The issue of paid news has been debated for a long time, most recently during the 2012 Gujarat assembly elections, the Jindal Steel-Zee News dispute and disqualification of a sitting UP MLA by the Election Commission of India (ECI) in October 2011. The Standing Committee on Information Technology recently submitted its report on the “Issues Related to Paid News”. The report discusses the definition of paid news, reasons for its proliferation, existing mechanisms to address the problem and recommendations to control it. Need for comprehensive definition of paid news The Press Council of India (PCI) defines paid news as any news or analysis appearing in print or electronic media for consideration in cash or kind. The Committee acknowledged challenges in defining and establishing incidence of paid news, citing new manifestations like advertisements disguised as news, denial of coverage to select electoral candidates, private deals between media houses and corporates and the rise in paid content. Hence, it asked the Ministry of Information and Broadcasting (MoIB) to formulate a comprehensive legal definition of ‘paid news’ and suggest measures for usage of ‘circumstantial evidence’ in establishing incidence of paid news. Reasons for rise in incidence of paid news The Committee identified corporatisation of media, desegregation of ownership and editorial roles, decline in autonomy of editors/journalists and poor wage levels of journalists as key reasons for the rise in incidence of paid news. It urged the MoIB to ensure periodic review of the editor/journalist autonomy and wage conditions. It also recommended mandatory disclosure of ‘private treaties’ and details of advertising revenue by the media houses. Need for empowered regulators and stricter punitive provisions The Committee observed that statutory regulators like the PCI and Electronic Media Monitoring Centre (EMMC) lack adequate punitive powers while self-regulatory industry bodies like the News Broadcasting Standards Authority have even failed to take cognisance of the problem. The PCI and self-regulatory bodies are also plagued by conflict of interest since a majority of their members are media-owners. The Committee recommended the establishment of either a single regulatory body for both print and electronic media or setting-up a statutory body for the electronic media on the lines of the PCI. Such regulator(s) should have the power to take strong action against offenders and should not include media owners as members. It highlighted the need for stricter punitive provisions to control paid news and sought further empowerment of the ECI to deal with cases of paid news during elections. Committee critical of government’s inaction The Committee censured the MoIB for its failure to establish a strong mechanism to check the spread of paid news. It criticised the government for dithering on important policy initiatives, citing the lack of action on various recommendations of the PCI and ECI. Previously, the PCI had sought amendments to make its directions binding on the government authorities and to bring the electronic media under its purview. Similarly, the ECI recommended inclusion of indulgence by an electoral candidate in paid news as a corrupt practice and publication of such paid news as an electoral offence. The Committee also expressed concern that the MoIB and self-regulatory bodies have not conducted any study to evaluate the mechanism adopted by other countries to tackle the problem of paid news. For a PRS summary of the Standing Committee Report, see here.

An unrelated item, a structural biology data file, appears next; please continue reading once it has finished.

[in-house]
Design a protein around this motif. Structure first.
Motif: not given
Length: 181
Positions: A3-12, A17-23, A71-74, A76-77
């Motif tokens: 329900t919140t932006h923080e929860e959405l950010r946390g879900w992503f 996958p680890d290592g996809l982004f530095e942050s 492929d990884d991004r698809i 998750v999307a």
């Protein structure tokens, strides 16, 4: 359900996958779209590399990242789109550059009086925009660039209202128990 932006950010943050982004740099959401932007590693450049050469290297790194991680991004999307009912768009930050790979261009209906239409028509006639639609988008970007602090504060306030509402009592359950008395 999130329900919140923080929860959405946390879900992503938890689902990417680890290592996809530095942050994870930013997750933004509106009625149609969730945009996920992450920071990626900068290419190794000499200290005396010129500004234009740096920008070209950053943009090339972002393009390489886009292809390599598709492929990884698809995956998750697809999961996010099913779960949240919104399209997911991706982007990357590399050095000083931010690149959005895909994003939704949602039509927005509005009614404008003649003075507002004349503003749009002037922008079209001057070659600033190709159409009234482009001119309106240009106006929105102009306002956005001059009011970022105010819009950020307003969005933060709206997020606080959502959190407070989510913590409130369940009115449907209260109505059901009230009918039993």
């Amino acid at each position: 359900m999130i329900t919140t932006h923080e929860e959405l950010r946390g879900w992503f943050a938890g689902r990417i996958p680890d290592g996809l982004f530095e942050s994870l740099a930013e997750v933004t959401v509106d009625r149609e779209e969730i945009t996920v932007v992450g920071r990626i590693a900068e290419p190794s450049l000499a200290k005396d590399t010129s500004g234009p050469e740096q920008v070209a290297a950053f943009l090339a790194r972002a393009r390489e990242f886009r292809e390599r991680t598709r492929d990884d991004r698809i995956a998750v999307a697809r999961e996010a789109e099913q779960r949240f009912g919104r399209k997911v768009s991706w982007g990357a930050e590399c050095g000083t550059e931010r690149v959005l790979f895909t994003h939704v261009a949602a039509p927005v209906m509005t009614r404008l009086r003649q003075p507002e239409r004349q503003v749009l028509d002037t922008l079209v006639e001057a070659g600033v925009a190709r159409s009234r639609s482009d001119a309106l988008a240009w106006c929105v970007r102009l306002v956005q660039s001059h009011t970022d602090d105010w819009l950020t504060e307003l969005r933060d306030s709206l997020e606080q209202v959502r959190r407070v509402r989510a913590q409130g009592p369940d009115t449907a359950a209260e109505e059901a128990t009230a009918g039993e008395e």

In April last year the government had notified the Information Technology (Intermediary Guidelines) Rules, 2011 (IT Rules) under the Information Technology Act, 2000. The IT Rules are listed for discussion in Rajya Sabha today in pursuance of a motion moved by Mr. P. Rajeeve [CPI(M)]. The motion seeks to annul these Rules and recommends that Lok Sabha also concur with the motion. The IT Rules require intermediaries (internet service providers, blogging sites like Blogger and Wordpress, and cyber cafés) to take certain action. Intermediaries are required to enter into agreements with their users prohibiting publication of certain content. Content that cannot be published includes anything that is ‘harmful to minors in any way’, ‘blasphemous’, ‘encouraging money laundering’ etc. This raises three issues. Some of the categories of content prohibited for publication are ambiguous and undefined. For instance, ‘grossly harmful’ and ‘blasphemous’ content are not defined. Publication of certain content prohibited under the IT Rules, is currently not an offences under other laws. Their publication is in fact allowed in other forms of media, such as newspapers. Newspapers are bound by Press Council Norms. These Norms do not prohibit publication of all the content specified under the IT Rules. For instance, while these Norms require newspapers to show respect to all religions and their gods, they do not prohibit publication of blasphemy. However, under the IT Rules blasphemy is prohibited. This might lead to a situation, where articles that may be published in newspapers legally, may not be reproduced on the internet for example in the e-paper or on the newspaper’s website. Prohibition of publication of certain content under the IT Rules may also violate the right to freedom of speech. Under Article 19(2) of the Constitution restrictions on the right to freedom of speech may be imposed in the interest of the State’s sovereignty, integrity, security and friendly relations with other States, public order, morality, decency, contempt of court, and for protection against defamation. The content prohibited under the IT Rules may not meet the requirement of Article 19(2). This may impinge on the right to freedom of speech and expression. Further, anyone can complain against such content to the intermediary. The intermediary is required to remove content if it falls within the description specified in the IT Rules. In the event the intermediary decides not to remove the content, it may be held liable. This could lead to a situation where, in order to minimise the risk of liability, the intermediary may block more content than it is required. This may imply adverse consequences for freedom of expression on the internet. PRS’s detailed analysis of the IT Rules may be accessed here.